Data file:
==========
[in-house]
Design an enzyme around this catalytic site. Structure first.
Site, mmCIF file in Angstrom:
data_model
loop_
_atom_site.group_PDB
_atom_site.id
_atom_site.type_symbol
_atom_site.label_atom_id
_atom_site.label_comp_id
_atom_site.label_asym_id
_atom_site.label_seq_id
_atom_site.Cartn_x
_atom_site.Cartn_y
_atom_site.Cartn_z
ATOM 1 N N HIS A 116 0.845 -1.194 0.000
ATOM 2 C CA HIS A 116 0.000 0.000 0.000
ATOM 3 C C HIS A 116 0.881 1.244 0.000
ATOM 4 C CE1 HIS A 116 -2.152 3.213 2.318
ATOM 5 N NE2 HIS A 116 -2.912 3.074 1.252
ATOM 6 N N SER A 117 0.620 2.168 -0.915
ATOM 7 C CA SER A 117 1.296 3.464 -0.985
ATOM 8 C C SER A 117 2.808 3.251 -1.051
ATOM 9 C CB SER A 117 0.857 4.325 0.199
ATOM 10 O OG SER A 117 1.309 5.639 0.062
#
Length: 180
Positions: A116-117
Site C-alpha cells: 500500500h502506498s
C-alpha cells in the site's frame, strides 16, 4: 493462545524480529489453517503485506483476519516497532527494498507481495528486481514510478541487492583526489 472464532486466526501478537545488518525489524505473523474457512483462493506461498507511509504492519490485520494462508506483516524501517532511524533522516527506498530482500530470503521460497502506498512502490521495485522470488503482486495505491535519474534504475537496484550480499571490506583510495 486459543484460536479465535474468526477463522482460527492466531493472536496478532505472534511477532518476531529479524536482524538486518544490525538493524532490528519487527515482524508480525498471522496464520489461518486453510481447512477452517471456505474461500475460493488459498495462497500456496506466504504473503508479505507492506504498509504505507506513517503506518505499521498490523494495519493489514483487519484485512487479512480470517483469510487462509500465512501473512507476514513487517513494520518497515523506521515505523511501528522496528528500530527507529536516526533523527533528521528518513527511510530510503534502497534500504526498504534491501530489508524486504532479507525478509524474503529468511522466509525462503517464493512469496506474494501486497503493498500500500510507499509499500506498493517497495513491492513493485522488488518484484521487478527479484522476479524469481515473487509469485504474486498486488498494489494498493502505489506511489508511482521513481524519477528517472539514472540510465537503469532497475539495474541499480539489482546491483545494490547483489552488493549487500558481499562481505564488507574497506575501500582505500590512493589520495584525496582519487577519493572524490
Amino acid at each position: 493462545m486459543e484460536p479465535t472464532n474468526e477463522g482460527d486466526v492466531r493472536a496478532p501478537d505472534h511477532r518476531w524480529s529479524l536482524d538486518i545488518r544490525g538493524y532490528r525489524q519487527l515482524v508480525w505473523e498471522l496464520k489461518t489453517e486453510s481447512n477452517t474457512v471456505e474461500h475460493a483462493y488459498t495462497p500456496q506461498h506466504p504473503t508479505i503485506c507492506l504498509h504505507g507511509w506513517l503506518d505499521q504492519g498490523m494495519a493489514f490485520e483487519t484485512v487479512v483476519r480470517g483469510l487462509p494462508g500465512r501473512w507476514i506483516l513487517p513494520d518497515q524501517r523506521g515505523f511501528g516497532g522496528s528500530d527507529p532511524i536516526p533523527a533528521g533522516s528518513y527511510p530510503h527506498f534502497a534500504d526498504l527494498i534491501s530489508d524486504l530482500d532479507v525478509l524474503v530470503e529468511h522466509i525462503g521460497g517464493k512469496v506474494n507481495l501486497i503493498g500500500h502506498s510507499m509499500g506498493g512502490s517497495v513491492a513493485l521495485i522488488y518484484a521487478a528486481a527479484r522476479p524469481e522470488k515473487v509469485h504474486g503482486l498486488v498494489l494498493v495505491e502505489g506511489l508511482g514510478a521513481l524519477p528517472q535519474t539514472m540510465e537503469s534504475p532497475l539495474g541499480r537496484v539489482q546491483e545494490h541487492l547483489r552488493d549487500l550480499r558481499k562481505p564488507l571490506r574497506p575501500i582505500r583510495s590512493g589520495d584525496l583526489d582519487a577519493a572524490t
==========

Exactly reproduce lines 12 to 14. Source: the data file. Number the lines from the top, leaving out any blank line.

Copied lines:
_atom_site.label_seq_id
_atom_site.Cartn_x
_atom_site.Cartn_y